Mikko Koivu, captain of the Minnesota Wild, had a career year during the 2015-16 season. He scored 56 points on 17 goals and 39 assists, his highest totals in points and goals since the 2010-11 season. Seeing as Koivu was already a few years into his thirties, most Wild fans expected that the Kaptain’s totals would likely fall off at least a little bit this season, especially as the acquisition of Eric Staal and new head coach Bruce Boudreau’s stated intention of using Koivu as a heavily defensive center meant the Finn was going to get fewer offensive zone starts and opportunities.
Instead, Koivu thrived. He outscored his totals from last year in both goals and assists, ending up with 58 points on the season (in two fewer games no less). Absent any other context, you could conclude that Koivu had a great year.
That would be unfair to the Finn. Add in a little context and it becomes clear that Koivu didn’t just have a good season, but that he put on one of the best performances in the league.
Let’s start with a usage chart from Corsica. The x-axis shows non-neutral zone deployments. The farther a player is to the left, the greater ratio of defensive zone starts he had. The y-axis is a measure of time on ice weighted by quality of competition. The higher up the skater is, the tougher deployments he received in terms of opponents he faced. The color of the circles are Corsi For % (CF%), with blue being good and red being bad. Lastly, the size of the circle is Time on Ice %.
Koivu can be found in the upper lefthand corner of the usage chart, indicating that he had the toughest deployments in terms of both defensive zone starts and in quality of competition he faced. Basically, Boudreau relied heavily on Koivu and his most frequent linemates Mikael Granlund and Jason Zucker to carry the water on defense. Based on the shade of their circles, they weren’t mugged by the opposing teams either, with both Koivu and Zucker posting slightly positive CF% and Granlund posting a slightly negative CF%.
By the way, if you think that the heavy defenisve zone starts were the norm for the Kaptain, think again. Last season, Koivu started 56.81% of his non-neutral zone starts in the offensive zone. This season he started only 35.68% there.
This heavily defensive deployment freed up Koivu’s fellow centers, with only Eric Staal (he’s in the mess of circles with Charlie Coyle and Jared Spurgeon) barely starting more often in the defensive zone than the offensive zone at .07 shy of a 50-50 split. The other centers were protected a great deal because Koivu was able to handle the tough assignments.
Koivu was a great teammate in other ways too. Below is a With or Without You (WOWY) chart from Hockey Analysis that shows the effect playing with Koivu had on his teammates. The x-axis shows the GF% of Koivu’s teammates when they played with him. The y-axis shows the GF% of Koivu’s teammates when they played without him. The size of the bubble shows TOI with Koivu. The most positively impacted players are in the lower right quadrant and the most negatively impacted players are in the upper left quadrant.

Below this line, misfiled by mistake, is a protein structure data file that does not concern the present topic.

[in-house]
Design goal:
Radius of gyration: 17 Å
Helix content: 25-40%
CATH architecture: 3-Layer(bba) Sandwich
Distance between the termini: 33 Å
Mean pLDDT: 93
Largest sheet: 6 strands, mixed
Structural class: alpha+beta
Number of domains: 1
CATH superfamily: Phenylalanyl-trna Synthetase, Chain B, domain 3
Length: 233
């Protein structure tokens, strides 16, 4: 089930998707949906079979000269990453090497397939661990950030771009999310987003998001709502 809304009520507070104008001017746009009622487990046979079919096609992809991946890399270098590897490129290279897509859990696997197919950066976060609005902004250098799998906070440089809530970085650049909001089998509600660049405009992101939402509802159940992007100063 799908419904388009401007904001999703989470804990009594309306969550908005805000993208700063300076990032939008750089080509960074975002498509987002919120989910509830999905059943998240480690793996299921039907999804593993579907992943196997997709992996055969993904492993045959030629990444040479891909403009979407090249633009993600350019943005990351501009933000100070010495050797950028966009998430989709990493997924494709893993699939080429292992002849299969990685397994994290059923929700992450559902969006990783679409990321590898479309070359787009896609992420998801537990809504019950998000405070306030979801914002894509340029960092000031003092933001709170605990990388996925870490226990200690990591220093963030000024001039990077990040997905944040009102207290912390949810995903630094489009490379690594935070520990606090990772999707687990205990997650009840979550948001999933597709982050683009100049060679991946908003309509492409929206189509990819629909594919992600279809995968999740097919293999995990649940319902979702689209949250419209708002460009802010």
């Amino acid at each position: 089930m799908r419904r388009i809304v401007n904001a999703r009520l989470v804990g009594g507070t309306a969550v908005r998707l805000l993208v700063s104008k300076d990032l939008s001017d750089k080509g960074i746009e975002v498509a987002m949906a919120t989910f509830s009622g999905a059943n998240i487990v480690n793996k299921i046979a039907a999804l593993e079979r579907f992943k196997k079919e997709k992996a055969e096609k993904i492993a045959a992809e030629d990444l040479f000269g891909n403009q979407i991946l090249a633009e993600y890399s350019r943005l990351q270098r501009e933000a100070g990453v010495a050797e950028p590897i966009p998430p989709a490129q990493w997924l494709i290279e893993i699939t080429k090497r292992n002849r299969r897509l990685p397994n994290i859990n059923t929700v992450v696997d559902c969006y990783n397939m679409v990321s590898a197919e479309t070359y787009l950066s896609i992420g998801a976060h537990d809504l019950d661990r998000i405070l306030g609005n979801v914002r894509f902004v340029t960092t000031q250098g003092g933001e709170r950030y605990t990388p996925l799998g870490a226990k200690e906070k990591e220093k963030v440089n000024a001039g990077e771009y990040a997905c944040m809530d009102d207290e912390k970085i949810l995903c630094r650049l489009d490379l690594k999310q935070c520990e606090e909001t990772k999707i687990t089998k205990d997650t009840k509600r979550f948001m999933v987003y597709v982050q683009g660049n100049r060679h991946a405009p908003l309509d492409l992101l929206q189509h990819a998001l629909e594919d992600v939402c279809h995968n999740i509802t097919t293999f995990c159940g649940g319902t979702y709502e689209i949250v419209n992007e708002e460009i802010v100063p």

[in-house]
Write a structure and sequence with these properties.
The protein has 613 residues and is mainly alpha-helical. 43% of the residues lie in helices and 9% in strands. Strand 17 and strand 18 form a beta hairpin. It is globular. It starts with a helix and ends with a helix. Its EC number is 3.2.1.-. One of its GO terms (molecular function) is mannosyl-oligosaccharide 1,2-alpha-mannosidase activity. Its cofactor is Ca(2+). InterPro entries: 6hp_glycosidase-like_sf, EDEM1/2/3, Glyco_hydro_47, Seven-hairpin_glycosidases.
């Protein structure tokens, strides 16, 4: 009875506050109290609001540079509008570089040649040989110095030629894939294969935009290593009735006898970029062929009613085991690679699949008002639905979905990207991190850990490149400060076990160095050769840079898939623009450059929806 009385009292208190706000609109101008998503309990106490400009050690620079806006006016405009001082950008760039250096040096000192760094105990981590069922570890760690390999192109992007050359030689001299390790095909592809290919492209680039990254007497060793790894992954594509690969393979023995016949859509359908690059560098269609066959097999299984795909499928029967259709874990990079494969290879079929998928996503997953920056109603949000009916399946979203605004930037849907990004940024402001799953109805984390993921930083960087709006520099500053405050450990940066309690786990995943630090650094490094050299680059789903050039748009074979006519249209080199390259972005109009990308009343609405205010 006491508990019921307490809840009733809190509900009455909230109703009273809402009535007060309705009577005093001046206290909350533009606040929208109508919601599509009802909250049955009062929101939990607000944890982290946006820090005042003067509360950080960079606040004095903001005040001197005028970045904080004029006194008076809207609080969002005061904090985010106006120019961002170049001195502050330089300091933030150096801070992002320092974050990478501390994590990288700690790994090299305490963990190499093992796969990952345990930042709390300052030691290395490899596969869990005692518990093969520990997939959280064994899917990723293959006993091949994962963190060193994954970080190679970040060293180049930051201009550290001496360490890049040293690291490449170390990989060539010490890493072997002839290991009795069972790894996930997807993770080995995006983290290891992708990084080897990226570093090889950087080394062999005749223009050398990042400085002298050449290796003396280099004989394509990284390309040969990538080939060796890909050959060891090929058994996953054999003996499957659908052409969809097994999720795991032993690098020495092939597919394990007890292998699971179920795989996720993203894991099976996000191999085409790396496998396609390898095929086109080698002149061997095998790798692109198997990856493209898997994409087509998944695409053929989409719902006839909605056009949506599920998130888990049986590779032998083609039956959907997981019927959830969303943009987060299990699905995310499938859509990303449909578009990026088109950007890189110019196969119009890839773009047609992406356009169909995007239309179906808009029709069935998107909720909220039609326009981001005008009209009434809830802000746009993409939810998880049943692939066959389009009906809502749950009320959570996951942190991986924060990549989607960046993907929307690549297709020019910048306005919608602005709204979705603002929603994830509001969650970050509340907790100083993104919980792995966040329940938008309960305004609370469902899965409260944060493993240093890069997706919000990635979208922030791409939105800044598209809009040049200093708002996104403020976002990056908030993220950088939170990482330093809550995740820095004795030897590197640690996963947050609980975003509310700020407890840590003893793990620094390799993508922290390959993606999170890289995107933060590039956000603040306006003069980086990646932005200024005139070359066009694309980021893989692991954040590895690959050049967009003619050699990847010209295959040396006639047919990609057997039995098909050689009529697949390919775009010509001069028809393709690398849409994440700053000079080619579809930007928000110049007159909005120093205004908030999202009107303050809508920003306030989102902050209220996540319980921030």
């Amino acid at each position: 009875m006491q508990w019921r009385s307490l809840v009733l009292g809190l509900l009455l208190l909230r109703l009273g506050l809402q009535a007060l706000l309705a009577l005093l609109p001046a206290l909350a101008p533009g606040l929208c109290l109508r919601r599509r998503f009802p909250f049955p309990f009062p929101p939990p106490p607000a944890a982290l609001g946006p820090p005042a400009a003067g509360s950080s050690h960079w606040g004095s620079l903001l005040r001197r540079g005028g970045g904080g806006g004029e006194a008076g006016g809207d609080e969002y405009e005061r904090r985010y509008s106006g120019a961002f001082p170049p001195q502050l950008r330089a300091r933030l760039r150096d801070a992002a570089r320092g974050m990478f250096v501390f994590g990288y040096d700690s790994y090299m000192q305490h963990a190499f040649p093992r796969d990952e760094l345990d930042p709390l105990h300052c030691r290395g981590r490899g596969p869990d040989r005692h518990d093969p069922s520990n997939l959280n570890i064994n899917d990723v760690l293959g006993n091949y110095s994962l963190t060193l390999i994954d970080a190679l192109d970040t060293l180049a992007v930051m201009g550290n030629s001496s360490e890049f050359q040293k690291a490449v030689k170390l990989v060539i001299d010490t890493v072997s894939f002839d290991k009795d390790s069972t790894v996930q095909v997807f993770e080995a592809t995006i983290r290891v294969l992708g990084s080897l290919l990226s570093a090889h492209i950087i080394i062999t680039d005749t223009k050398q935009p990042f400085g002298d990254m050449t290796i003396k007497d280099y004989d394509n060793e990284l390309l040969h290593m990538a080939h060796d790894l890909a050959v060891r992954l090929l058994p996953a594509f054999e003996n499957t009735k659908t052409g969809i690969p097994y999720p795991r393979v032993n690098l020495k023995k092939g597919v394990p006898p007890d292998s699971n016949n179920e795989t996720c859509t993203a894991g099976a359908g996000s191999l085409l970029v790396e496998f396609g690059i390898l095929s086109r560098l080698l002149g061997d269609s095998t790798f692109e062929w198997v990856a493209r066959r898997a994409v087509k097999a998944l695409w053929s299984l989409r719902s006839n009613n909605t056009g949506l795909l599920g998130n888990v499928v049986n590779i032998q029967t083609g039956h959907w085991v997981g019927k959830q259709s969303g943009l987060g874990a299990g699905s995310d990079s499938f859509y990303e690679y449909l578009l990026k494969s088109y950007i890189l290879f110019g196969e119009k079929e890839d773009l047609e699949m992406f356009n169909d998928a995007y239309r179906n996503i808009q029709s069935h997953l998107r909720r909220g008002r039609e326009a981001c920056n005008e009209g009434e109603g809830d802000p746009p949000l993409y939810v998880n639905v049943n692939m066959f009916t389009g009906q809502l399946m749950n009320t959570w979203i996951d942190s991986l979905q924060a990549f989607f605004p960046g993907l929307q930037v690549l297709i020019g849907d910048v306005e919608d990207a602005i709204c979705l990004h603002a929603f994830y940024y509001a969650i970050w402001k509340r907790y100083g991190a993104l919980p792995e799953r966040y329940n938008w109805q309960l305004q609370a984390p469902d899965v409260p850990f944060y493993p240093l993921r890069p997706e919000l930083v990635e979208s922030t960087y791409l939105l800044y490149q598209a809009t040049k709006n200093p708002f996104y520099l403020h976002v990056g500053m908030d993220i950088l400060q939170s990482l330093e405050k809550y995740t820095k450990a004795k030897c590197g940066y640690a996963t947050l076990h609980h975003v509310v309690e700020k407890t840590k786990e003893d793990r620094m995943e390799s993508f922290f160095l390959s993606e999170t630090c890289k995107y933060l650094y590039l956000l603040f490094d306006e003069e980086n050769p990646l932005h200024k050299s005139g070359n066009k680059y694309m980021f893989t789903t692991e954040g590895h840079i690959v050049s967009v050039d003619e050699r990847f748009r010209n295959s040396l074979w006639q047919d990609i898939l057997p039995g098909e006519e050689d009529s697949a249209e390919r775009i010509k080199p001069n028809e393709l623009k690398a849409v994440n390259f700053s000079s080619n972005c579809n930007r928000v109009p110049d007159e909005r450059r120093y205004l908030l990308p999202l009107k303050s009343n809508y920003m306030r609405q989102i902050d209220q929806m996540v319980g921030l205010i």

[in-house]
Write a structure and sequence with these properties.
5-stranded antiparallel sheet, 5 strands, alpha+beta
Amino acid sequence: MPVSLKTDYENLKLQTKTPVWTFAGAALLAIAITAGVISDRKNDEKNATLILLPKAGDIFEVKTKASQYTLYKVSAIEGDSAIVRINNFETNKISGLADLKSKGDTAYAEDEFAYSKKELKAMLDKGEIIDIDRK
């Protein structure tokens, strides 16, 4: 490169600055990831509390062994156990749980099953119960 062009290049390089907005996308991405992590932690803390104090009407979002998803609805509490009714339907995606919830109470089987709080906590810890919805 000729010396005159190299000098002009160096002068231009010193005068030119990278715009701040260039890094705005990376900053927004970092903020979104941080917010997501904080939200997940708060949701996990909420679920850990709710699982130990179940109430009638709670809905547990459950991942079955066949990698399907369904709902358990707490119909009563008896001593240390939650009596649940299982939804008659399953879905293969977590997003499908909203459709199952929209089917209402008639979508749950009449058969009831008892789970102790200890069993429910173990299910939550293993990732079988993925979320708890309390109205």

As you can see, most of the team is grouped around the center right of the graph. It would seem that Koivu’s impact, while positive, is somewhat limited. Some players, like Zucker, clearly played well with Koivu but equally as well apart from him (by the measure of GF%). Others, like Granlund and Zach Parise (the small blue circle on the lower left of Granlund’s circle), clearly did enjoy an improvement while playing with Koivu. All in all, there are two important points to remember when looking at this graph.
- Playing with Koivu resulted in all but three players having a positive GF%, with Jason Pominville being the only player notably suffering from his time with Koivu.
- The team as a whole enjoyed a strong GF% year, so the positive impact of playing with Koivu is dampened somewhat.
Koivu’s domination and strong offensive production attracted national level attention this season. Koivu has been named one of the three finalists for the Frank J. Selke Trophy for the best defensive forward alongside Patrice Bergeron and Ryan Kesler. Unfortunately, it seems unlikely that Koivu will win the award, in part because of the late season slump likely soured voters on the Minnesota Wild’s strong season, but the status of finalist is richly deserved.
That pesky late season slump is also the only real area of criticism that can be levelled against the captain. In the month of March, the Wild had a record of 4-10-2, including a five game losing streak. The Wild’s captain didn’t exactly disappear during that stretch, scoring one goal and six assists in those 16 games, but the annual slump this team is seemingly fated to experience every year reflects poorly on every aspect of the team, including leadership. Koiuvu and his alternate captains, Parise and Ryan Suter, have not yet found a way to take their team out of these long funks, which is disappointing.
That being said, this year’s slump, like so many slumps experienced by this team and others in the NHL, probably comes down to goaltending more than anything. It would be unfair to pin the slump solely on the broad shoulders of our Finnish captain. He had a stellar year, one that should be incredibly encouraging to his coaches, his teammates, and the many fans of the Minnesota Wild. He has one year left on his contract, but I, for one, hope that the Wild re-sign Koivu. He has spent his entire career with the Wild so far, and I hope he finishes it here too.
P.S. I hope this article served as an adequate apology for my knuckleheaded article from November in which I ignored all context and stated that Koivu’s contract was the worst value on the team this season. I was very, very wrong.
Stats and graphics came from Corsica, Hockey Analysis, the NHL, and CapFriendly.